Mastering Chaos; August 1993; Scientific American Magazine; by William L. Ditto and Louis M. Pecora; 7 Page(s)
What good is chaos? Some would say it is unreliable, uncontrollable and therefore unusable. Indeed, no one can ever predict exactly how a chaotic system will behave over long periods. For that reason, engineers have typically dealt with chaos in just one way: they have avoided it. We find that strategy somewhat shortsighted. Within the past few years we and our colleagues have demonstrated that chaos is manageable, exploitable and even invaluable.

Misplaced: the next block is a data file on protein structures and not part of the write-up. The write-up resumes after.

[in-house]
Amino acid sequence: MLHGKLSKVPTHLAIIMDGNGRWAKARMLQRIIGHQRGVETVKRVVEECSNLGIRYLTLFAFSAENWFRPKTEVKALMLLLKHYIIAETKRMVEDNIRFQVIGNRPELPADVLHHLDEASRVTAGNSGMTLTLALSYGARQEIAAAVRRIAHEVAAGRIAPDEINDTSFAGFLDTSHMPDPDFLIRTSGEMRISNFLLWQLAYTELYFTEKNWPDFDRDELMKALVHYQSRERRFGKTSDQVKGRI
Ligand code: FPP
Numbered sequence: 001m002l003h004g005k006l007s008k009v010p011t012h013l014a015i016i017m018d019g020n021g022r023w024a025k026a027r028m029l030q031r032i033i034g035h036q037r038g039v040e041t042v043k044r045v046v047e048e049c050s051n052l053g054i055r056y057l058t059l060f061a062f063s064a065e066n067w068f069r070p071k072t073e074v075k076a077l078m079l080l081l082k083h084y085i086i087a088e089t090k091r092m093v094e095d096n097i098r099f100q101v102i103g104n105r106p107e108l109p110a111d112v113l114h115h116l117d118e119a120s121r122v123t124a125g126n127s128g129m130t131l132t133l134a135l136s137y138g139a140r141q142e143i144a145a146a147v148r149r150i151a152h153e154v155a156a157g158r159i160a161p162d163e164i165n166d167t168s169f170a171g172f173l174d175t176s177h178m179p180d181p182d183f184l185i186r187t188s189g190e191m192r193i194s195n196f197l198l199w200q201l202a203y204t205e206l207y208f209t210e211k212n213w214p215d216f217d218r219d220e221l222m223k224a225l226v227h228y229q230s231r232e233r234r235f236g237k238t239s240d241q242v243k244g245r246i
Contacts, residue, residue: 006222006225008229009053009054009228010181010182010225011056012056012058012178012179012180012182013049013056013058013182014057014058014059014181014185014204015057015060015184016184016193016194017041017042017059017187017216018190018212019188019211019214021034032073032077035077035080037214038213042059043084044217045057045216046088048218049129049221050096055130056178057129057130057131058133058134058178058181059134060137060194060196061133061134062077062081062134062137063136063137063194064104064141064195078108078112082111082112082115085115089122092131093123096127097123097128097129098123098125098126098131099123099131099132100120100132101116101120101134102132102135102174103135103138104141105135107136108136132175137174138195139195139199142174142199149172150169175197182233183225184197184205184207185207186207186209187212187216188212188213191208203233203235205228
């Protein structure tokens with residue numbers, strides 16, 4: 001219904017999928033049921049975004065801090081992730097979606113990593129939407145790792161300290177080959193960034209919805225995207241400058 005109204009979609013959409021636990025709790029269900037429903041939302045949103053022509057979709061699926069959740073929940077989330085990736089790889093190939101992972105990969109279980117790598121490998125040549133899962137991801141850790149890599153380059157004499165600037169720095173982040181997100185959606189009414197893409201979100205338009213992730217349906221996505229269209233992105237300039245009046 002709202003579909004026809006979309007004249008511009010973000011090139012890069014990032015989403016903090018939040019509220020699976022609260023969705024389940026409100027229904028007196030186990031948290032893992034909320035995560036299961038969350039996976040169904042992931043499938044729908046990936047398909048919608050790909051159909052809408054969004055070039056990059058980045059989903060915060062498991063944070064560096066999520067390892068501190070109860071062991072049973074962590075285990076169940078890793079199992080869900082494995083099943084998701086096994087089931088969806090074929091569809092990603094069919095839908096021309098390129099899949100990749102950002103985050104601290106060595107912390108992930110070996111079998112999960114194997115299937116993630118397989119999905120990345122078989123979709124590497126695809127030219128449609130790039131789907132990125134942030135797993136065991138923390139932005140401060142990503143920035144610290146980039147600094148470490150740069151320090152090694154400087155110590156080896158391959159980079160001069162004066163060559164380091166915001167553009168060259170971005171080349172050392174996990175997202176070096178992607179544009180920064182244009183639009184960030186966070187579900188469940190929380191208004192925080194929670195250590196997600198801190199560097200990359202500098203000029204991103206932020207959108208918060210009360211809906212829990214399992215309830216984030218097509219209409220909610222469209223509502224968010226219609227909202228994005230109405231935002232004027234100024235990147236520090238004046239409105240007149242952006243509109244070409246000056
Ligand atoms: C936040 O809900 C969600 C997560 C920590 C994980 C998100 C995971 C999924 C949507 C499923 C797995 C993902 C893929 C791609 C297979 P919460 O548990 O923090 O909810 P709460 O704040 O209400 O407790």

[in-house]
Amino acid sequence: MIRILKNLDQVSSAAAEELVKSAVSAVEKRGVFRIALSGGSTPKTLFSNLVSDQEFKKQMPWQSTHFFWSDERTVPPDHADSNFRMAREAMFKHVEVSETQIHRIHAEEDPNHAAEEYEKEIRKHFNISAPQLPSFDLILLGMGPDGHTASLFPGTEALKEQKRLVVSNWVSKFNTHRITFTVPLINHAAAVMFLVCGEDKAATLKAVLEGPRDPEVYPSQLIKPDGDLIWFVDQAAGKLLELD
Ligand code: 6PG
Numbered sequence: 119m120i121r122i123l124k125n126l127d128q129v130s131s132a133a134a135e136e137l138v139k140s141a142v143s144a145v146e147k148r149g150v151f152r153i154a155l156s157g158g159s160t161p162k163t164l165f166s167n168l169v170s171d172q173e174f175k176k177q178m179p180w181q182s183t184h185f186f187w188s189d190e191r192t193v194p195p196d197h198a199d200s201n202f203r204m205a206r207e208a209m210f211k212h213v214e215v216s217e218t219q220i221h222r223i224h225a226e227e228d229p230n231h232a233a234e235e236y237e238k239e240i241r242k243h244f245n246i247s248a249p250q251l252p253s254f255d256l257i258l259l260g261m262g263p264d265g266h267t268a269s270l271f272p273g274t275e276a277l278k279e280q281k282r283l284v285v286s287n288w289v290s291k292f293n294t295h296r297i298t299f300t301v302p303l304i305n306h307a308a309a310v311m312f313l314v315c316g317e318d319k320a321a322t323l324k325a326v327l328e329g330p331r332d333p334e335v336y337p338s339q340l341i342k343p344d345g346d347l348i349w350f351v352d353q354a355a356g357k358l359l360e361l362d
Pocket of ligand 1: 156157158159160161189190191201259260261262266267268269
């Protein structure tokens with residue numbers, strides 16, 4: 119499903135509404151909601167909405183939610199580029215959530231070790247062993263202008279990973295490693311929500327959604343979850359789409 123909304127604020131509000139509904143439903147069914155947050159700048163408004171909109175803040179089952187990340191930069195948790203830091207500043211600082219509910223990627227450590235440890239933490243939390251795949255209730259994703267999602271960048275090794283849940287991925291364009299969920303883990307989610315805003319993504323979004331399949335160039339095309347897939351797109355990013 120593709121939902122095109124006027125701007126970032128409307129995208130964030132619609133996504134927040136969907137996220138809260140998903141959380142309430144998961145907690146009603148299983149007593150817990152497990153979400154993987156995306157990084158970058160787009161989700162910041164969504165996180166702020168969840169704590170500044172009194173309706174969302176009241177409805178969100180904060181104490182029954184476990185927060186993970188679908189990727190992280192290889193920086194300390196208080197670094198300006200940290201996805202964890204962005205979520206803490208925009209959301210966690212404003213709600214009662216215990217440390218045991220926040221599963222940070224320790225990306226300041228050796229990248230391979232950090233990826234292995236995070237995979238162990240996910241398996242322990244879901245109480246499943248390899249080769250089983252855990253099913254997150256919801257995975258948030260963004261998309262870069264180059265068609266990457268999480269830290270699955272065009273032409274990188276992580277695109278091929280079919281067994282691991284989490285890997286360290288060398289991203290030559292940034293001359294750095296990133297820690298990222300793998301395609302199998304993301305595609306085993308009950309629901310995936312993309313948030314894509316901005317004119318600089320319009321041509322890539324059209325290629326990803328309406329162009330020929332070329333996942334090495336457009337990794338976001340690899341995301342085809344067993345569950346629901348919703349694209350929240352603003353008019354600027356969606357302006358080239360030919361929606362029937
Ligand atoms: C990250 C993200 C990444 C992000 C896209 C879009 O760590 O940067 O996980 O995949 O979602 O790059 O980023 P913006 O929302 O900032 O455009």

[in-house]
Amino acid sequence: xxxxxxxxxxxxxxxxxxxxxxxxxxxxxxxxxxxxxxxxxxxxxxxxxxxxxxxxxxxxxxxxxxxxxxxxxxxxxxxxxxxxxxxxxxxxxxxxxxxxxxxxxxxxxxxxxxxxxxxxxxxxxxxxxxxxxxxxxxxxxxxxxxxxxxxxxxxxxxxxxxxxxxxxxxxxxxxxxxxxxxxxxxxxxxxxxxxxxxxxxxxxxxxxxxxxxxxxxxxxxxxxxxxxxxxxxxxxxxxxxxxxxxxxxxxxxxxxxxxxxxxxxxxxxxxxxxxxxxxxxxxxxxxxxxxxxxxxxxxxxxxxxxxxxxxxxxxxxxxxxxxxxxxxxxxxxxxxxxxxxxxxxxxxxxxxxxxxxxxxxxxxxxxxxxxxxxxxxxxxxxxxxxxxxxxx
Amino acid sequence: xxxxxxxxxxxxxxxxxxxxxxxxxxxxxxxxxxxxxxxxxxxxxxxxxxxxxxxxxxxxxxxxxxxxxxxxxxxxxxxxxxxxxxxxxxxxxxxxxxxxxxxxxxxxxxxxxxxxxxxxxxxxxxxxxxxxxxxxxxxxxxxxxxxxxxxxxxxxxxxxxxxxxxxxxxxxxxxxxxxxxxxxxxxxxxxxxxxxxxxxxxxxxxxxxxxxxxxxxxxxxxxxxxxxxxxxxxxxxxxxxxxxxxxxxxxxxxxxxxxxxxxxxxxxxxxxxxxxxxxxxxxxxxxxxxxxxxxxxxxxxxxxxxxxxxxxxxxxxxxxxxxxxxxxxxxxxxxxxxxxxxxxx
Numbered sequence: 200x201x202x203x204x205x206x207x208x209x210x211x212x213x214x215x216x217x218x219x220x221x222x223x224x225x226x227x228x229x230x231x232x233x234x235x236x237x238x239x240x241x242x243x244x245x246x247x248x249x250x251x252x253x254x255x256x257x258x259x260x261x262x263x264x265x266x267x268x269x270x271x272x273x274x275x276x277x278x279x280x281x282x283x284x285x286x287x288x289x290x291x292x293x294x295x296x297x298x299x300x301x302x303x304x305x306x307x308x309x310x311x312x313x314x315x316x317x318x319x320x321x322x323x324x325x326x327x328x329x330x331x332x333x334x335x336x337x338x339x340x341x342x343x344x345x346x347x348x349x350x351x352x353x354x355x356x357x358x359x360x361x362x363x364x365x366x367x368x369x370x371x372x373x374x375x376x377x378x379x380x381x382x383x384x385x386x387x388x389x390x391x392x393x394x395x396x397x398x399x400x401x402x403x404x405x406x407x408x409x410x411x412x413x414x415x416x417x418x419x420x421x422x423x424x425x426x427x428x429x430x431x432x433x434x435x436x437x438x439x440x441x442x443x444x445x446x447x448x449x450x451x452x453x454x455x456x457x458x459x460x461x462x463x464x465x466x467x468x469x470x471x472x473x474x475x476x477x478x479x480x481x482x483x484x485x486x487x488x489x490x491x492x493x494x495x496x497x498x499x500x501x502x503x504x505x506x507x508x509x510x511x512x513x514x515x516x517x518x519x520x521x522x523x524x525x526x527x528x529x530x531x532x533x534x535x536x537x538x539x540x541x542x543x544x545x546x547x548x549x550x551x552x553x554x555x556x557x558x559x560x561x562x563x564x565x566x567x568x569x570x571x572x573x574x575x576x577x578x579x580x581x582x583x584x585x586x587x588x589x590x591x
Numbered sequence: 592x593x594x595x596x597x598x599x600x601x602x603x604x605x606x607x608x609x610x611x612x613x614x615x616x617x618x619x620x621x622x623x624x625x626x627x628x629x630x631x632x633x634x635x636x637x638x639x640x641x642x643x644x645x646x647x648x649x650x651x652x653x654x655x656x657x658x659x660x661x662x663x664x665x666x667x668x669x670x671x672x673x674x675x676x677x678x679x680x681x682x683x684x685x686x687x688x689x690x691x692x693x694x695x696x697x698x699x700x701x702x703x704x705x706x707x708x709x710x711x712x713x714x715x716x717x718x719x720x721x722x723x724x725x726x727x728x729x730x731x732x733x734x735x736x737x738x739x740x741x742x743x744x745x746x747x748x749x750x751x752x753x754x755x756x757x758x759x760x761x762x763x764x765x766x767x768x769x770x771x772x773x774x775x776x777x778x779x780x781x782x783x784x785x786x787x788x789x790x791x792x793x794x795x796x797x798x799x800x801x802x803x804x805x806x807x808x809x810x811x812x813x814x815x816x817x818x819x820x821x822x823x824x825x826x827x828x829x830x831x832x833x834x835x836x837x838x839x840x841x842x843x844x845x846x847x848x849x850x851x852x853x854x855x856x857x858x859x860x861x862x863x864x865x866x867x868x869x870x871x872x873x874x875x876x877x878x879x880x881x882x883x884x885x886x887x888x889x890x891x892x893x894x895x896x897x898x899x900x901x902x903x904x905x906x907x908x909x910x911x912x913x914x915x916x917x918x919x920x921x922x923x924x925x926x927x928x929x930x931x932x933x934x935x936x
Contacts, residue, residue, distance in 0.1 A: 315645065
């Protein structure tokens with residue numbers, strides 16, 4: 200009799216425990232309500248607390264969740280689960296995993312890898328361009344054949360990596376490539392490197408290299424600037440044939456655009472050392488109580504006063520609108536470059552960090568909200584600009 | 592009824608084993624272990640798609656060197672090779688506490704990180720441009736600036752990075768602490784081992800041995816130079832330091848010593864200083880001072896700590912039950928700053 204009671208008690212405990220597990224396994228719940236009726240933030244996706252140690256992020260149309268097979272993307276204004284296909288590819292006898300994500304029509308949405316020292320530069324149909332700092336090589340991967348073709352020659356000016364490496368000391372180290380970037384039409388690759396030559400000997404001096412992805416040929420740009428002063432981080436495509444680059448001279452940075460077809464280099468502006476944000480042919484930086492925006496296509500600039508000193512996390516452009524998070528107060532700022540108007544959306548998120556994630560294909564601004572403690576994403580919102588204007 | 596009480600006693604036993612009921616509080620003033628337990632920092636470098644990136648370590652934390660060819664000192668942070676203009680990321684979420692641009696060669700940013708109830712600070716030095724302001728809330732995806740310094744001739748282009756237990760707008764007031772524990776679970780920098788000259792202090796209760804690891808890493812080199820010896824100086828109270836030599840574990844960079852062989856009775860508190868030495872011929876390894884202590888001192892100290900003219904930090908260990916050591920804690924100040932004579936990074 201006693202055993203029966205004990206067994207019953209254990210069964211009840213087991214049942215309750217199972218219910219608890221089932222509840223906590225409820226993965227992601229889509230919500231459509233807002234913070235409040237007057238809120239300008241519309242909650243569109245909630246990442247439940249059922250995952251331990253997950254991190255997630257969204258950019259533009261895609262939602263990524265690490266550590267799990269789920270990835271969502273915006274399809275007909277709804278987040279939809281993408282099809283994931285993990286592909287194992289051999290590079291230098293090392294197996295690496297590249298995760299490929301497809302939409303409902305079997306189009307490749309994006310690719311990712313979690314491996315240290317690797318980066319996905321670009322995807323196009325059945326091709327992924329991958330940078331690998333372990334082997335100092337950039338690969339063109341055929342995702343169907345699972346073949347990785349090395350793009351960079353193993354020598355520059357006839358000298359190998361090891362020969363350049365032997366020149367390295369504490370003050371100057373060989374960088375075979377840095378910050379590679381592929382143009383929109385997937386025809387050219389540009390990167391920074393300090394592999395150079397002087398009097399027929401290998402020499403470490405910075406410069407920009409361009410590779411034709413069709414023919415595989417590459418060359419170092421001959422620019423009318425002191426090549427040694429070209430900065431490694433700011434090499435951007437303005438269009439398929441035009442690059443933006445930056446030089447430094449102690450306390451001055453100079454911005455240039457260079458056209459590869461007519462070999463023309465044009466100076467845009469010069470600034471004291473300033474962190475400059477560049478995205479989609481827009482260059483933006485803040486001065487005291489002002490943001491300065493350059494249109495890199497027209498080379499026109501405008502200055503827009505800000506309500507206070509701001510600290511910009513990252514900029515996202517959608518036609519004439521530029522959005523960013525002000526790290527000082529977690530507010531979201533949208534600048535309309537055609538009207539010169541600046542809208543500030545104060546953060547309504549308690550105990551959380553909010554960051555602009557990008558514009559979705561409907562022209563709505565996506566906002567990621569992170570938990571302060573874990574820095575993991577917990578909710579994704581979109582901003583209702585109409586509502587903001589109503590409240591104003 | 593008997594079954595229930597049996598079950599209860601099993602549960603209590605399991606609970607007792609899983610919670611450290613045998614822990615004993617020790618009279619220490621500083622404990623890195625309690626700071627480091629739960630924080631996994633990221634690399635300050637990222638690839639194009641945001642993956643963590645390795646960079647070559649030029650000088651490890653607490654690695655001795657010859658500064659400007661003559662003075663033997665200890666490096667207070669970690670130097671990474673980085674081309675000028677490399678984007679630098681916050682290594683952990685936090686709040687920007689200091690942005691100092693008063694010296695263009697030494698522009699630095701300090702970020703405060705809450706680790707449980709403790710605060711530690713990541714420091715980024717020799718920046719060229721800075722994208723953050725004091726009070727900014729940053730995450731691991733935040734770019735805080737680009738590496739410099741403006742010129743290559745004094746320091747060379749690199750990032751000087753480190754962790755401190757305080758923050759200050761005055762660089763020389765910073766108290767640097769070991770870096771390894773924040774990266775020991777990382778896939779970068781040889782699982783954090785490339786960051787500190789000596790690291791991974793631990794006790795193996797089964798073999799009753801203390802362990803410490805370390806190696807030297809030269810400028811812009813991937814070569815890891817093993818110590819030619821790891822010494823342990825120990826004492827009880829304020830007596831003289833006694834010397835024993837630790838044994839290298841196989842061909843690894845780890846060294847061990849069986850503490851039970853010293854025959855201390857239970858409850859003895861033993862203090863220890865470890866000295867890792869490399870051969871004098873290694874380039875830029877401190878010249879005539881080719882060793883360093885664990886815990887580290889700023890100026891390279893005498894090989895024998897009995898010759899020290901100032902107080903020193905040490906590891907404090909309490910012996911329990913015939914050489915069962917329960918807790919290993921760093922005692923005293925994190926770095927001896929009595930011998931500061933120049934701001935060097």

Chaos has already been applied to increase the power of lasers, synchronize the output of electronic circuits, control oscillations in chemical reactions, stabilize the erratic beat of unhealthy animal hearts and encode electronic messages for secure communications. We anticipate that in the near future engineers will no longer shun chaos but will embrace it.